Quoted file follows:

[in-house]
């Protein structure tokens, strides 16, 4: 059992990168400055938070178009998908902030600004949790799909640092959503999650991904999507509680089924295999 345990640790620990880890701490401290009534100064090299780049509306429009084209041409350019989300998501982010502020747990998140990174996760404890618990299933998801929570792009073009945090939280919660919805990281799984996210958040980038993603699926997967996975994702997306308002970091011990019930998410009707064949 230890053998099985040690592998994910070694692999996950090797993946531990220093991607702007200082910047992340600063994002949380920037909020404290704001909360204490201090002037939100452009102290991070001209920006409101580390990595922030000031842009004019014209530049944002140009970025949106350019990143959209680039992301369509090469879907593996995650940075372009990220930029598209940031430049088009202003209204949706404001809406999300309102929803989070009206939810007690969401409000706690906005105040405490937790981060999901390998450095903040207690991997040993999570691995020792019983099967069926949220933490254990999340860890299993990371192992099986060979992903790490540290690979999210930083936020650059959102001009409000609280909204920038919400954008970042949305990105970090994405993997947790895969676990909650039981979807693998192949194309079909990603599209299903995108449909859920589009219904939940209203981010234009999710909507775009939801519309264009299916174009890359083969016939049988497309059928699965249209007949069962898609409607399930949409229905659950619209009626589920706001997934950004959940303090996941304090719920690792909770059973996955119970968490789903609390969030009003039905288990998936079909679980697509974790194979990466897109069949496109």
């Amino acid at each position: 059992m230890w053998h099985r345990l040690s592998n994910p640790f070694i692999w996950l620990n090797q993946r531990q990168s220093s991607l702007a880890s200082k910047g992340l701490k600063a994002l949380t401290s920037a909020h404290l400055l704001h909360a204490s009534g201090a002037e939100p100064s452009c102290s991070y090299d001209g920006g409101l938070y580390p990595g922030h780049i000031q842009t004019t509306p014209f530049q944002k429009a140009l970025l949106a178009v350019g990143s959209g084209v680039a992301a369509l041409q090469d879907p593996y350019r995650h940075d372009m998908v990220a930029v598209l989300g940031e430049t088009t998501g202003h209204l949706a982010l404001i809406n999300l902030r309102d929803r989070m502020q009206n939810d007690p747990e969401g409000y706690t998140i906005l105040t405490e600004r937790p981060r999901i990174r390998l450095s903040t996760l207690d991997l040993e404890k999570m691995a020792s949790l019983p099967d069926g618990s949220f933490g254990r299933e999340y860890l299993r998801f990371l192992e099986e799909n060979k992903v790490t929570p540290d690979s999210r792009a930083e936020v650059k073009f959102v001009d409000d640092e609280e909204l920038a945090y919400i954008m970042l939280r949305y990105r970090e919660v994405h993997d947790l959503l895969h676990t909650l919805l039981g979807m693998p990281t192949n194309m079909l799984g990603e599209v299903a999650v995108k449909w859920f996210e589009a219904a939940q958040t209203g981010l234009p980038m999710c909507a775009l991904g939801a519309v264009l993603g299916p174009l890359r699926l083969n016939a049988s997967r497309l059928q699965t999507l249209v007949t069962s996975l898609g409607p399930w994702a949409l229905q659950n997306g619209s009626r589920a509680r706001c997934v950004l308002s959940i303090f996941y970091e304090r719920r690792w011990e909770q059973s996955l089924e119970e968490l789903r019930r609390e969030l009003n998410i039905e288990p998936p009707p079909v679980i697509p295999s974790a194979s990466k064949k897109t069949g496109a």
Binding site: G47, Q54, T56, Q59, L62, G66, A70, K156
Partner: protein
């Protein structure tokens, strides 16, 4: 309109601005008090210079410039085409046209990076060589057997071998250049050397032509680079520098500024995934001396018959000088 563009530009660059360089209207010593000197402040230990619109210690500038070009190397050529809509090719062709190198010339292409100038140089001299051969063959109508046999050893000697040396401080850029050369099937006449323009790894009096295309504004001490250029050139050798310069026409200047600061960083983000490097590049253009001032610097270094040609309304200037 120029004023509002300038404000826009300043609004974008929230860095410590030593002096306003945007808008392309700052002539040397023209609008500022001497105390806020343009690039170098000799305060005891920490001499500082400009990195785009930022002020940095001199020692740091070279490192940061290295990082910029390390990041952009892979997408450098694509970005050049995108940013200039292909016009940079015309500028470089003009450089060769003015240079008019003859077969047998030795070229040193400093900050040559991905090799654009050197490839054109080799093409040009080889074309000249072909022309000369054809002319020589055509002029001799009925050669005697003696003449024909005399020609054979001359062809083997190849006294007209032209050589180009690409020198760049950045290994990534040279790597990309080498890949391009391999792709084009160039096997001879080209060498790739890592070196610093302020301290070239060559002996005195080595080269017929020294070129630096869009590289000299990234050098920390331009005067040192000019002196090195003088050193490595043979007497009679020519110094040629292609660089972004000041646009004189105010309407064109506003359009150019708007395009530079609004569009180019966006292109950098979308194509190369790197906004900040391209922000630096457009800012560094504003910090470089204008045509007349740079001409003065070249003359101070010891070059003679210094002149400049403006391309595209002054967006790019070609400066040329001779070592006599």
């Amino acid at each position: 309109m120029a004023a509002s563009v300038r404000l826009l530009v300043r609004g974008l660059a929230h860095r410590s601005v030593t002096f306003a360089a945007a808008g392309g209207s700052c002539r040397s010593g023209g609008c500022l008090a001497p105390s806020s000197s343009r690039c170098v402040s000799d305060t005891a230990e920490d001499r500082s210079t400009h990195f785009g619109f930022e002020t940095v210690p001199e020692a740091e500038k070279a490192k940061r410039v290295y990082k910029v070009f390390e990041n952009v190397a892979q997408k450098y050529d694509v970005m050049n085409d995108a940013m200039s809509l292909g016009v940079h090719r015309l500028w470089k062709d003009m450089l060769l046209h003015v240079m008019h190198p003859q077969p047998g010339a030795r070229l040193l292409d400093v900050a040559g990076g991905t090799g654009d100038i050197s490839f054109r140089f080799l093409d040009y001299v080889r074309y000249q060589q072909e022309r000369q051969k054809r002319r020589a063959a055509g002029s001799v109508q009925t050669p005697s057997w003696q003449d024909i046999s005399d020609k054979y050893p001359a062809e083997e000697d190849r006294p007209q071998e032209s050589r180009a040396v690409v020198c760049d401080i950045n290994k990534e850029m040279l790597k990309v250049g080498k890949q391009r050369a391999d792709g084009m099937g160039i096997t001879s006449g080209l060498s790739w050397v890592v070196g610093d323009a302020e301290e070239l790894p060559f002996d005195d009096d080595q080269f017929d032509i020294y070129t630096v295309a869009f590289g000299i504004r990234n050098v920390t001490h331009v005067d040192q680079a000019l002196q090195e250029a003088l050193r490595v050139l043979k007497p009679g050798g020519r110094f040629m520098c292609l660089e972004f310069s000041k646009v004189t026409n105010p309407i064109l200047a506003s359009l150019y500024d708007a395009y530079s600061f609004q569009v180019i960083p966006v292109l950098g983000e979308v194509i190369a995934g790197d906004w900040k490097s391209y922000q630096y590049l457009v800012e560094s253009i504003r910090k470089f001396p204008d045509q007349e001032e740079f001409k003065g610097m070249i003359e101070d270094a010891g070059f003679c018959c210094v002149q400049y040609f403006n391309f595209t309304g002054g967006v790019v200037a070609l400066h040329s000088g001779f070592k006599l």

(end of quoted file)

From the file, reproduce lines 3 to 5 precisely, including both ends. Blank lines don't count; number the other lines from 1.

């Amino acid at each position: 059992m230890w053998h099985r345990l040690s592998n994910p640790f070694i692999w996950l620990n090797q993946r531990q990168s220093s991607l702007a880890s200082k910047g992340l701490k600063a994002l949380t401290s920037a909020h404290l400055l704001h909360a204490s009534g201090a002037e939100p100064s452009c102290s991070y090299d001209g920006g409101l938070y580390p990595g922030h780049i000031q842009t004019t509306p014209f530049q944002k429009a140009l970025l949106a178009v350019g990143s959209g084209v680039a992301a369509l041409q090469d879907p593996y350019r995650h940075d372009m998908v990220a930029v598209l989300g940031e430049t088009t998501g202003h209204l949706a982010l404001i809406n999300l902030r309102d929803r989070m502020q009206n939810d007690p747990e969401g409000y706690t998140i906005l105040t405490e600004r937790p981060r999901i990174r390998l450095s903040t996760l207690d991997l040993e404890k999570m691995a020792s949790l019983p099967d069926g618990s949220f933490g254990r299933e999340y860890l299993r998801f990371l192992e099986e799909n060979k992903v790490t929570p540290d690979s999210r792009a930083e936020v650059k073009f959102v001009d409000d640092e609280e909204l920038a945090y919400i954008m970042l939280r949305y990105r970090e919660v994405h993997d947790l959503l895969h676990t909650l919805l039981g979807m693998p990281t192949n194309m079909l799984g990603e599209v299903a999650v995108k449909w859920f996210e589009a219904a939940q958040t209203g981010l234009p980038m999710c909507a775009l991904g939801a519309v264009l993603g299916p174009l890359r699926l083969n016939a049988s997967r497309l059928q699965t999507l249209v007949t069962s996975l898609g409607p399930w994702a949409l229905q659950n997306g619209s009626r589920a509680r706001c997934v950004l308002s959940i303090f996941y970091e304090r719920r690792w011990e909770q059973s996955l089924e119970e968490l789903r019930r609390e969030l009003n998410i039905e288990p998936p009707p079909v679980i697509p295999s974790a194979s990466k064949k897109t069949g496109a």
Binding site: G47, Q54, T56, Q59, L62, G66, A70, K156
Partner: protein